Steven Hartpence and Geraldine Godecke (“Relators”) each brought a qui tam case against their former employer, Kinetic, alleging that Kinetic had fraudulently claimed reimbursements from Medicare. United States ex rel. Hartpence v. Kinetic Concepts, Inc., 792 F.3d 1121 (9th Cir. 2015) (en band). After the allegations of Medicare fraud had been publicly disclosed, Relators had each informed the government of the alleged fraud and then filed separate complaints in district court. Relying upon existing Ninth Circuit precedent, the district court dismissed Relators’ claims because they were not “original sources” of the information under the False Claims Act (“FCA”).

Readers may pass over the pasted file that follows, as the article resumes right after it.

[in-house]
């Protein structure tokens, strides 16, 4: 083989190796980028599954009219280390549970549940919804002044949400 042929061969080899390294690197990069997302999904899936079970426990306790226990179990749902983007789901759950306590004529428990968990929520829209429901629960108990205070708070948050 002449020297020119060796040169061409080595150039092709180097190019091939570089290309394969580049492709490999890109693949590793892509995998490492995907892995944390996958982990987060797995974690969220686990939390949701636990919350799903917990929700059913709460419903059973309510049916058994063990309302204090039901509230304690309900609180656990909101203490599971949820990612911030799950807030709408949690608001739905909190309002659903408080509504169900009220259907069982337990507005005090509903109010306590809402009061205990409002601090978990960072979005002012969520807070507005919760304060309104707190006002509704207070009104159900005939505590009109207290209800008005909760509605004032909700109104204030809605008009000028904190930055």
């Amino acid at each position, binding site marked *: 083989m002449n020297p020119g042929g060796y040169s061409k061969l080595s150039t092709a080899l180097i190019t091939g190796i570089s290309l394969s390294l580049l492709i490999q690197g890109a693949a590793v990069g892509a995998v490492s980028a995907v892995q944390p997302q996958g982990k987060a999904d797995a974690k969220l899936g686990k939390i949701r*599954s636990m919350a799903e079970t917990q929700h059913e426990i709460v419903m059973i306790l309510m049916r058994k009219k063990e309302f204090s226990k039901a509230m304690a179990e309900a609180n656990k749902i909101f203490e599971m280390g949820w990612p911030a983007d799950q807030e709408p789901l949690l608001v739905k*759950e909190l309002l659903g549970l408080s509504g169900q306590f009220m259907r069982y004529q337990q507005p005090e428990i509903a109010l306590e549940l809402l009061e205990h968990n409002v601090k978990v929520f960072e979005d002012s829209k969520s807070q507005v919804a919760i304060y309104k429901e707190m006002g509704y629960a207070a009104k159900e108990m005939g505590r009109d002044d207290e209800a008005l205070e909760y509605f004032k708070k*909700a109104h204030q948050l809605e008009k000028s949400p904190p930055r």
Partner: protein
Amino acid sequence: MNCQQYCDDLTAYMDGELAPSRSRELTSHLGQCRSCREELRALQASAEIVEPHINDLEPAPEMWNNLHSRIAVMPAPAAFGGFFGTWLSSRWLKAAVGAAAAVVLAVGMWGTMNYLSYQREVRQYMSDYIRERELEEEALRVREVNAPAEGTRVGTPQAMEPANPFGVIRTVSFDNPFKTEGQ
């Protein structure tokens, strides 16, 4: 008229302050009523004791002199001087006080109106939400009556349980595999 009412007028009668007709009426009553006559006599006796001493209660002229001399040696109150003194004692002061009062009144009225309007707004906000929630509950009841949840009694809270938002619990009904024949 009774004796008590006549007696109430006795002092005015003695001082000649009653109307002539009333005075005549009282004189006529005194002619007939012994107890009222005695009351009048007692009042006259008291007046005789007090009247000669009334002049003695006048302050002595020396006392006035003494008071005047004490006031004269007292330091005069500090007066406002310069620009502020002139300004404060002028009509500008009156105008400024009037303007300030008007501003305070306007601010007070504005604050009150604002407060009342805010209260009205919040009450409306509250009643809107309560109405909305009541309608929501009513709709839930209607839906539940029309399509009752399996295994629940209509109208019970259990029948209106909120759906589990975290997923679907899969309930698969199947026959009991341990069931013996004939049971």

In this opinion, the Ninth Circuit, sitting en banc, overruled its earlier decision in Wang ex rel. United States v. FMC Corp., 975 F.3d 1412 (9th Cir. 1992), as wrongly decided and remanded the actions to the district court to consider whether Relators were an “original source.” The Court applied a two part test: (1) Before filing his or her action, the whistleblower must voluntarily inform the government of the facts that underlie the allegations of his or her complaint; and (2) He or she must have direct and independent knowledge of the allegations underlying the complaint.
Abrogating its earlier precedent, the Court held that it does not matter whether the alleged whistleblower also played a role in the public disclosure of the allegations.
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